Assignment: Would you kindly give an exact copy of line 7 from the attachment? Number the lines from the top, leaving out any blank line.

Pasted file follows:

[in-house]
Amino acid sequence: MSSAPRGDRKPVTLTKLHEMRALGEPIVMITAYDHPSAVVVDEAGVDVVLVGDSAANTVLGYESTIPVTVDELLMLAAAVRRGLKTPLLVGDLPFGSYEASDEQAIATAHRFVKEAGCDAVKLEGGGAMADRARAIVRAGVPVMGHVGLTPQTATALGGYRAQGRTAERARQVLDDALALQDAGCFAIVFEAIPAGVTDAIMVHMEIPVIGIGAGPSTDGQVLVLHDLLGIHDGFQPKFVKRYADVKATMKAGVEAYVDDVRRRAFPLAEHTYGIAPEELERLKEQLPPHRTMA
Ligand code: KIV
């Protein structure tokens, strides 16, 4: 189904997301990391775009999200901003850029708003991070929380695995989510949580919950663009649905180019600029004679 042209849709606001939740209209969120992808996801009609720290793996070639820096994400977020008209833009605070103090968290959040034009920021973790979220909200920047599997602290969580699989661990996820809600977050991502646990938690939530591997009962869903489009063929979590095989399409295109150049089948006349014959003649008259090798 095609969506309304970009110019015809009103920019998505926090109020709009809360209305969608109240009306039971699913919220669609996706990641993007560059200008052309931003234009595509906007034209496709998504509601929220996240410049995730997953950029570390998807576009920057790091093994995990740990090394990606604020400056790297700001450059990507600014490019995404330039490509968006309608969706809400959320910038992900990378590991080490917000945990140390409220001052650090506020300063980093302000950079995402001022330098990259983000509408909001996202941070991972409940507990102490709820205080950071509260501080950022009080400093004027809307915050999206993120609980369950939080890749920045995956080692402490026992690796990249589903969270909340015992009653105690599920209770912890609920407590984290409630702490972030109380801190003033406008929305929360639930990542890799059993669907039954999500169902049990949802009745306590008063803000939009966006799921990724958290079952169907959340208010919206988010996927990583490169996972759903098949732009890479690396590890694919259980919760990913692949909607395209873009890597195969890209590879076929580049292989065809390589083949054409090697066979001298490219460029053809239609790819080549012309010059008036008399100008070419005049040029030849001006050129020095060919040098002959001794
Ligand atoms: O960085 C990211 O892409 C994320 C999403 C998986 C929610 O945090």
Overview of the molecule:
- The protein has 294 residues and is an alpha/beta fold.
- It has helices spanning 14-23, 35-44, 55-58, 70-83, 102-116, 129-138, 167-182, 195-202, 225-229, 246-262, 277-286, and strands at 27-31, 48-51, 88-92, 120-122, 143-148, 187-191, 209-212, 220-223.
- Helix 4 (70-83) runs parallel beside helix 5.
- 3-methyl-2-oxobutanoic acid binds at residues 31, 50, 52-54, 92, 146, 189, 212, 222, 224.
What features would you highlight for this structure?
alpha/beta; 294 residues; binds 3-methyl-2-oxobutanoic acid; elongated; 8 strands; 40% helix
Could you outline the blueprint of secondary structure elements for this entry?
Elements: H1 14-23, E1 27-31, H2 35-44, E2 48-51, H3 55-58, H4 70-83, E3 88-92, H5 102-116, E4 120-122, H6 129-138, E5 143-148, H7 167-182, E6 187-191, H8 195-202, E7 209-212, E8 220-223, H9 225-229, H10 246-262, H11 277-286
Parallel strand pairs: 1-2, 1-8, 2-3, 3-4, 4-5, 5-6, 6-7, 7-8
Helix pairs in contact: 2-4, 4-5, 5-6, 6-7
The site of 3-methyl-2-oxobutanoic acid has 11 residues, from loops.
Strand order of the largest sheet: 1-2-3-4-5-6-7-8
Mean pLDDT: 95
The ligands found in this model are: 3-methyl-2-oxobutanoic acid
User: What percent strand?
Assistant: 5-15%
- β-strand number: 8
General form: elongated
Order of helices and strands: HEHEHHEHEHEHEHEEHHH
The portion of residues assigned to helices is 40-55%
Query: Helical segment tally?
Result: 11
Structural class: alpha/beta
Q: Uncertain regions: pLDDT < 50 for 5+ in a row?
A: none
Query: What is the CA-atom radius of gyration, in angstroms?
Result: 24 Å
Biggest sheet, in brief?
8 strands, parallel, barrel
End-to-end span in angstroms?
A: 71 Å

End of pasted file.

- The protein has 294 residues and is an alpha/beta fold.